Key takeaways from the report include the following:
- Batteries between 1- and 4-hour duration can achieve up to 6% and 12-14% IRR respectively in MISO; 4-hour batteries entering IN in 2029 have a promising business case given higher energy and capacity revenues.
- Capacity revenues will be a major revenue stream for batteries in Minnesota and Indiana, contributing ~60% of the total revenue after 2035, while energy arbitrage plays a more important role for battery economics in Louisiana.
- The most successful batteries will optimize for Investment Tax Credit (ITC), nodal spread premiums, and Real-Time participation. Signing bilateral contracts with utilities having ambitious Integrated Resource Plans (IRP) can also enhance cash flows.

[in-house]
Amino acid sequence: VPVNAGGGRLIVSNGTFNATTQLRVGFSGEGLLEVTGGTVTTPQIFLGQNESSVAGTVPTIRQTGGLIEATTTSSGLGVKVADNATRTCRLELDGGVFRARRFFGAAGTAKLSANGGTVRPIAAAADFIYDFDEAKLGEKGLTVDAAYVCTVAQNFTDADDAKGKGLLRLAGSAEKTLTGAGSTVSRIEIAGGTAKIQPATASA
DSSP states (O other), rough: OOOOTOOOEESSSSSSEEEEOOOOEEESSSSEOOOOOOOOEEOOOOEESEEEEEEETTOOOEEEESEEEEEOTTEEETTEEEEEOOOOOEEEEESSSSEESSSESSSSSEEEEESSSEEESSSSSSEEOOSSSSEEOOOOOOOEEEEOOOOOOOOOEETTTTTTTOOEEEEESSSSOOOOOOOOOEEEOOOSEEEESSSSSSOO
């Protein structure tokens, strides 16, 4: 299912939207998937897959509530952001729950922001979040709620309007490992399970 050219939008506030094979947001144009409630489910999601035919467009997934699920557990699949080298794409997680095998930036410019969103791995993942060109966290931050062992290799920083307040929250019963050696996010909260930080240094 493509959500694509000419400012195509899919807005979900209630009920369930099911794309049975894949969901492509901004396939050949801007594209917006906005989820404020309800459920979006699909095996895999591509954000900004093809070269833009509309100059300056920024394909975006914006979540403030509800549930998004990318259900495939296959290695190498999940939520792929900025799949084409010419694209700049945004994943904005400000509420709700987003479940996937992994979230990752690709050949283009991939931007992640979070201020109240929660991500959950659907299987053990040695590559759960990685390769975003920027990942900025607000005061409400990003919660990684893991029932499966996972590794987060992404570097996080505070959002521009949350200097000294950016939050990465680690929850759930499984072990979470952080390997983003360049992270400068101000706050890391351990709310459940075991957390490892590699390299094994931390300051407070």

- Major uncertainties remain around the MISO seasonal capacity auctions and accreditation methodology reform as well as the interconnection queue reforms initiated by the Federal Energy Regulatory Commission (FERC) and MISO; more updates from MISO due in Oct 2023.
- ELCC and ITC have significant impacts on battery revenues ELCC’s that increase long-term to 100% can increase the IRR of a battery entering IN in 2029 by 18% over a business case with declining ELCC’s while increasing ITC from 40% to 50% can increase the IRR by 25%.
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